The plunger mechanism 11 includes a plurality of transversely spaced plungers 38 mounted on an elongated push bar 39. The push bar is mounted for reciprocating movement toward and away from the wiener hopper 10 to push the plungers through the wiener hopper to eject the lowermost wiener in the respective wiener channels from the hopper and into the respective clamps of the wiener clamping mechanism 12. The push bar is guided in its reciprocating movement on a pair of guide rods 40 secured to the frame of the apparatus. The push bar carries a stabilizer mechanism including a stabilizer shaft parallel to and generally coextensive with the push bar, rotatably supported in bearing blocks 42. Sprockets 43 nonrotatably mounted at the oppsite ends of the stabilizer shaft 41 ride in respective sprocket guides 44 suitably mounted on the apparatus frame to assure uniform reciprocation of the several plungers carried on the push bar. As best seen in FIG. 4, the leading end of a plunger 38, which is the rearward end in the assembly, is provided with a concave recess 45 to assist in seating on the rounded wiener end and expelling the wiener from the wiener hopper. The push bar is reciprocated by one or more air cylinders 46 under suitable control.
The wiener clamping mechanism 12 includes a plurality of transversely spaced wiener clamps slidably mounted on the wiener board 20, each clamp providing a clamping chamber aligned longitudinally with a respective wiener channel of the wiener hopper. Each clamp consists of a left clamp half 50 and a right clamp half 51. As best seen in FIG. 7, the confronting faces of the clamp halves form concave V-shaped longitudinal grooves, with the apexes of the grooves defining the horizontal plane of the center of the clamping chambers which is spaced above the surface of the wiener board 20. The clamping halves are designed so that when a wiener is clamped, as shown in FIG. 8, the wiener will be lifted from the wiener board and centered in the clamping chamber. The left and right clamp halves are mounted for transverse reciprocating movement on respective pairs of motion bars 52 and 53. These motion bars are confined for transverse reciprocation in grooves provided in the under face of the wiener board 20. Each of the clamp halves is mounted on its respective motion bar by a pair of pins 54 which extend downward through associated laterally elongated slots 55 in the wiener board and into respective recesses in the motion bars. The pins and recesses are dimensioned for a snug fit and to permit the clamp halves to be readily removed by lifting from the wiener board surface for cleaning and other service. As best seen in FIG. 6, the motion bars 53 for the right clamp halves are adjacent to each other, and the motion bars 52 for the left clamp halves 50 are outside of the motion bars 53. The motion bars 53 are connected to each other by a suitable yoke at one side of the mechanism, and the motion bars 52 are connected to each other by a suitable yoke at the opposite side of the mechanism. Separate air cylinders 56 are connected to each of these yokes and these are controlled through a common control. When it is desired to close the clamp halves to the closed condition, illustrated in FIGS. 8 and 9, the left clamp halves 50 are shifted to the right and the right clamp halves 51 are simultaneously shifted to the left to clamp the wieners and simultaneously center the wieners within the clamps. The clamping mechanism 12 includes a wiener stop 57 in the form of a barrier wall secured to the rearward edge of the wiener board 20. This barrier wall has an elevation approaching the upper level of the clamp halves and is provided with guide apertures 58 as seen in FIGS. 6 and 8. These guide apertures are aligned with the centers of the clamping chambers and of the wieners confined therein, and serve to guide the corn dog sticks 19 into the wieners as will be described. As seen, the guide apertures are partially bevelled to assist the guiding function.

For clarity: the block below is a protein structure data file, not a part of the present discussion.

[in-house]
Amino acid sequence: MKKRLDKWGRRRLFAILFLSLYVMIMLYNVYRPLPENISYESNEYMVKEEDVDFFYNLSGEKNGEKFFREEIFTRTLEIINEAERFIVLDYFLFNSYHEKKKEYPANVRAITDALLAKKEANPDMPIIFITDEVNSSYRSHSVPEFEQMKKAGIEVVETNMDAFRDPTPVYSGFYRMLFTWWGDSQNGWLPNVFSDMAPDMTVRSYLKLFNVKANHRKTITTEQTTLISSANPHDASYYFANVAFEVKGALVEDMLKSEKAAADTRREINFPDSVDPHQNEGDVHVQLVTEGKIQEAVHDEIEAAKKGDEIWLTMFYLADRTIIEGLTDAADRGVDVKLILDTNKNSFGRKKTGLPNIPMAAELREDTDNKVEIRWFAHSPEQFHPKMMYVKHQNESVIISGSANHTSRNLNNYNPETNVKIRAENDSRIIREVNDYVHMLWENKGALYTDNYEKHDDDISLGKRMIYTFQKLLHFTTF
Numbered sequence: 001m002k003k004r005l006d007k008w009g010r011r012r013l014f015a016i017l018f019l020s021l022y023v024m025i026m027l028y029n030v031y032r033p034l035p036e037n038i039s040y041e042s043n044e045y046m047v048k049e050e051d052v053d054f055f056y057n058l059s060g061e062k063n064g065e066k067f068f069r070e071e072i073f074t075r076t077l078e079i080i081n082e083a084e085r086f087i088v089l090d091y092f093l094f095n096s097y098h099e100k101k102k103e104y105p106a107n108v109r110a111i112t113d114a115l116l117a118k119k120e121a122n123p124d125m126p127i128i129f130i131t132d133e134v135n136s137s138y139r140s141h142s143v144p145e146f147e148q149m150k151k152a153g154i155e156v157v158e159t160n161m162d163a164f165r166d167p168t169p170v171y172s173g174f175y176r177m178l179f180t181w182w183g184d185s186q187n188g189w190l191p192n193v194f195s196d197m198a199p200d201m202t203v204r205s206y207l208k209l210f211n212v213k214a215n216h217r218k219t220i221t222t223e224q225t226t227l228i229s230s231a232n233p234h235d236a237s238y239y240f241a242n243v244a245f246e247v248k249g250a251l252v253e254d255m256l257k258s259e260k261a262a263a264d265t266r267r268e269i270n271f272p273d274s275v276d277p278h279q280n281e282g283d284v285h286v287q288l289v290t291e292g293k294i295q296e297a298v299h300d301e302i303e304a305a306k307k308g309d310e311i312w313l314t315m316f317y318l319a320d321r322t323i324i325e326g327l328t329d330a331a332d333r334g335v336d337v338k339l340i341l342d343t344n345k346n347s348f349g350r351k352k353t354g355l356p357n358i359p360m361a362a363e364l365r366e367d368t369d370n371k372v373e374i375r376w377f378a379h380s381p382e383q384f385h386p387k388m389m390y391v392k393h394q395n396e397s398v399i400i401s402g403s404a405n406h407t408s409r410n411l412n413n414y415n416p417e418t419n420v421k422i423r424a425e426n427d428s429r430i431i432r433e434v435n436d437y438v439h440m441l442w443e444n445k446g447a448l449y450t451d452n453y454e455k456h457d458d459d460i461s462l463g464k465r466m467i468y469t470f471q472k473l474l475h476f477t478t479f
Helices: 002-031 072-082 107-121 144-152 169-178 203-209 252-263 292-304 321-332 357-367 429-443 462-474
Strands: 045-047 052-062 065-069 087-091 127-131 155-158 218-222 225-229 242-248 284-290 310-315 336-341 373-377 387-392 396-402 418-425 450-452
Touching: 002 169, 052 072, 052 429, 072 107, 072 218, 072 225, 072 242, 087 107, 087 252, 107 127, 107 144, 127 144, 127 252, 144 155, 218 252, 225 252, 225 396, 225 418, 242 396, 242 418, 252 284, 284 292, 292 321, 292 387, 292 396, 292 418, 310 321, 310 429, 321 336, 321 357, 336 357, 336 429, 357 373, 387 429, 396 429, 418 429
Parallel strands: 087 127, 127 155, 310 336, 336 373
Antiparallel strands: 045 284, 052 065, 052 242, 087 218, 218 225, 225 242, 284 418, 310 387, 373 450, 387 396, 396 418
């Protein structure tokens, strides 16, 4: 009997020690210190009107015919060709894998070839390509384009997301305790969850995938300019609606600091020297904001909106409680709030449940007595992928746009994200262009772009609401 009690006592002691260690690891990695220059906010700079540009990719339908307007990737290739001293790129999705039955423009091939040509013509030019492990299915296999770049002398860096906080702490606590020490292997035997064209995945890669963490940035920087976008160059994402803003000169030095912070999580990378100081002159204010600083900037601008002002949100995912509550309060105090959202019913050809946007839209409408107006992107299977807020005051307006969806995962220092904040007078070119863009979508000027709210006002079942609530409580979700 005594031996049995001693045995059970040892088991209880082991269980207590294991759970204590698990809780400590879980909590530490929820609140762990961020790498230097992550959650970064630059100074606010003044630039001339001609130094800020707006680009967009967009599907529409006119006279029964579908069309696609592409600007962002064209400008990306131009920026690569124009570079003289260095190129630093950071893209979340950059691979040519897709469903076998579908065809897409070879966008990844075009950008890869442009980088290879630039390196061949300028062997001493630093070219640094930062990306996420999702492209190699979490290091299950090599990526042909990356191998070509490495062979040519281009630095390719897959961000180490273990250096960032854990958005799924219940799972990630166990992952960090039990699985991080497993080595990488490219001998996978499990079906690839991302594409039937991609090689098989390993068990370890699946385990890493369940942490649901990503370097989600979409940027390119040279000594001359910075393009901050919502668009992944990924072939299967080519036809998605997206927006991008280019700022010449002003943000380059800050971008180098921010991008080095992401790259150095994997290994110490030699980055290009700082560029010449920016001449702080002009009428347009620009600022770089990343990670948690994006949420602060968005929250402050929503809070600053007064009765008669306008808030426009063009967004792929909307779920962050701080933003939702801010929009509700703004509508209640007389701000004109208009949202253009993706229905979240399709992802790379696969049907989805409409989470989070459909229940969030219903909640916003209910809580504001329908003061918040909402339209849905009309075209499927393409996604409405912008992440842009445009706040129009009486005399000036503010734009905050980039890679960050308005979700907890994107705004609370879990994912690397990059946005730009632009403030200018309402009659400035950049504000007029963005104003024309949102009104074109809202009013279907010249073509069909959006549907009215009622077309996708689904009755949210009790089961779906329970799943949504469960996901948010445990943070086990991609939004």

The stick hopper 13 includes a hopper box formed by a base panel 60, forward and rearward walls 61 and 62 respectively, and end walls 63. The longitudinal depth of hopper box is just sufficient to accommodate the lengths of corn dog sticks 19 which are round sticks having flat ends, as seen in FIG. 12, and which are fabricated from any suitable material such as paper, wood or plastic. Similar to the wiener hopper, the stick hopper includes a plurality of transversely spaced dividers 64 consisting of a base block 65, mounted on the panel 60 and a central agitator 66 which is reciprocated vertically relative to the base block to facilitate the flow of sticks into stick channels between the several dividers. In the down position of the agitators, the agitators seat within the base blocks and the upper surfaces of both parts form a peaked surface to facilitate the flow of sticks into the stick channels.
The agitators 66 are mounted on lifter rods 67 which extend downward through suitable passages in the base blocks 65 and the base panels 60; and these lifter rods are mounted in a pair of transverse support bars 68 and 69. The lifter rods for alternate agitators 66 are supported in one support bar 68; and the lift rods for the intervening agitators are supported in the other lift support bar 69. Separate respective air cylinders 70 and 71 are connected to the support bars 68 and 69; and these air cylinders are connected to a suitable common control to reciprocate the two lift bars and associated structure alternately.